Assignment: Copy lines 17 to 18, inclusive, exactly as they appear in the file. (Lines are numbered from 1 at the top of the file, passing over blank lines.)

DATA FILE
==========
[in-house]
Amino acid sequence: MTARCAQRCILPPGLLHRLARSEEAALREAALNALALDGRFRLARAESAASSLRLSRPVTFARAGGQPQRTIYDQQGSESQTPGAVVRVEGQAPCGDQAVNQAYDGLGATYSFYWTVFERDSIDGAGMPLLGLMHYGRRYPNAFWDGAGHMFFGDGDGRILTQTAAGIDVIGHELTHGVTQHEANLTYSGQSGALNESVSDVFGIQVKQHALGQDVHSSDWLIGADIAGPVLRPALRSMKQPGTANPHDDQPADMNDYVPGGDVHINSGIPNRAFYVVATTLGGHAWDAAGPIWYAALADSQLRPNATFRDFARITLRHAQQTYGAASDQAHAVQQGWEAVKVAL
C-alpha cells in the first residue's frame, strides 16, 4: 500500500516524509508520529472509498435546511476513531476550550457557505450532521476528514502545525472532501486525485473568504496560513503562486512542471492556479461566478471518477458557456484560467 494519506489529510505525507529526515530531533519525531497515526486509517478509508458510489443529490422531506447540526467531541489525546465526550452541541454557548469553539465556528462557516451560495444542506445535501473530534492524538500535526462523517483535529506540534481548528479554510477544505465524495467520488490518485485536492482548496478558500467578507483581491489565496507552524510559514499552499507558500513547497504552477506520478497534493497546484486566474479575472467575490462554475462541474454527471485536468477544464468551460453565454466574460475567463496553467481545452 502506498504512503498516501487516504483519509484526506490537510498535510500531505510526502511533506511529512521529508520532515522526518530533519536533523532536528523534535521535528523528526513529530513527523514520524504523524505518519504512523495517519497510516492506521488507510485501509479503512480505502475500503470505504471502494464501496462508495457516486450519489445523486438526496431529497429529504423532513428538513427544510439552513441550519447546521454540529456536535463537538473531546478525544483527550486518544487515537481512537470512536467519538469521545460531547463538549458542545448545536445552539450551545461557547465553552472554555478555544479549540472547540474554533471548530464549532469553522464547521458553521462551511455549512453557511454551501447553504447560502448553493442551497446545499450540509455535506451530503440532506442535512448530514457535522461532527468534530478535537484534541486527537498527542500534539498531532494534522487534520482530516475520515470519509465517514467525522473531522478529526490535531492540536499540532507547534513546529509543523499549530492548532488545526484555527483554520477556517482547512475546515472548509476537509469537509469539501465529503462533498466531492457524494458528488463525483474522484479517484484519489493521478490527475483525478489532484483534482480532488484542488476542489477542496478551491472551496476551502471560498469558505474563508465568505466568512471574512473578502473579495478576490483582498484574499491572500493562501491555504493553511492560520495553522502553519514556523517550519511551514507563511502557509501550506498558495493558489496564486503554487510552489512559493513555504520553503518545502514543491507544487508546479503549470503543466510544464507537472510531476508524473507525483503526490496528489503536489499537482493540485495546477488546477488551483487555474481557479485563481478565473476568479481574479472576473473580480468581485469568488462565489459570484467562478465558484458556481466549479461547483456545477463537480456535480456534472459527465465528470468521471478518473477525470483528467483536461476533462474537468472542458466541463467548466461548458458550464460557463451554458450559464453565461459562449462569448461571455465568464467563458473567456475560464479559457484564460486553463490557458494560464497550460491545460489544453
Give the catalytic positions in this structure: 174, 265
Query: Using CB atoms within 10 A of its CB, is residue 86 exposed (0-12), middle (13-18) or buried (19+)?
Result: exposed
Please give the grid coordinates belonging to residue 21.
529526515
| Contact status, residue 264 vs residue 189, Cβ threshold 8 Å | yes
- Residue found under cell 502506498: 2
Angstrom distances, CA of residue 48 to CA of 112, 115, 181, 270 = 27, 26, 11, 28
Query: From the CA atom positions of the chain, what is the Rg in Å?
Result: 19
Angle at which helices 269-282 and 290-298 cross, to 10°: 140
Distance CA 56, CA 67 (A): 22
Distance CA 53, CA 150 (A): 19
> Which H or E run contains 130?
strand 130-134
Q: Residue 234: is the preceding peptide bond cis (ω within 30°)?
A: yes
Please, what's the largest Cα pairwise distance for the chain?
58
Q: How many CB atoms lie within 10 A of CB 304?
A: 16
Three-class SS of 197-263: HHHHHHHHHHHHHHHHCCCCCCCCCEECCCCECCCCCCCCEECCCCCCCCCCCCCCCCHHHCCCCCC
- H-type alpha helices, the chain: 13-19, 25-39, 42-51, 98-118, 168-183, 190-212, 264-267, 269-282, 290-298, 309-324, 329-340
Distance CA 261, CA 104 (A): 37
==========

> Which H or E run contains 130?
strand 130-134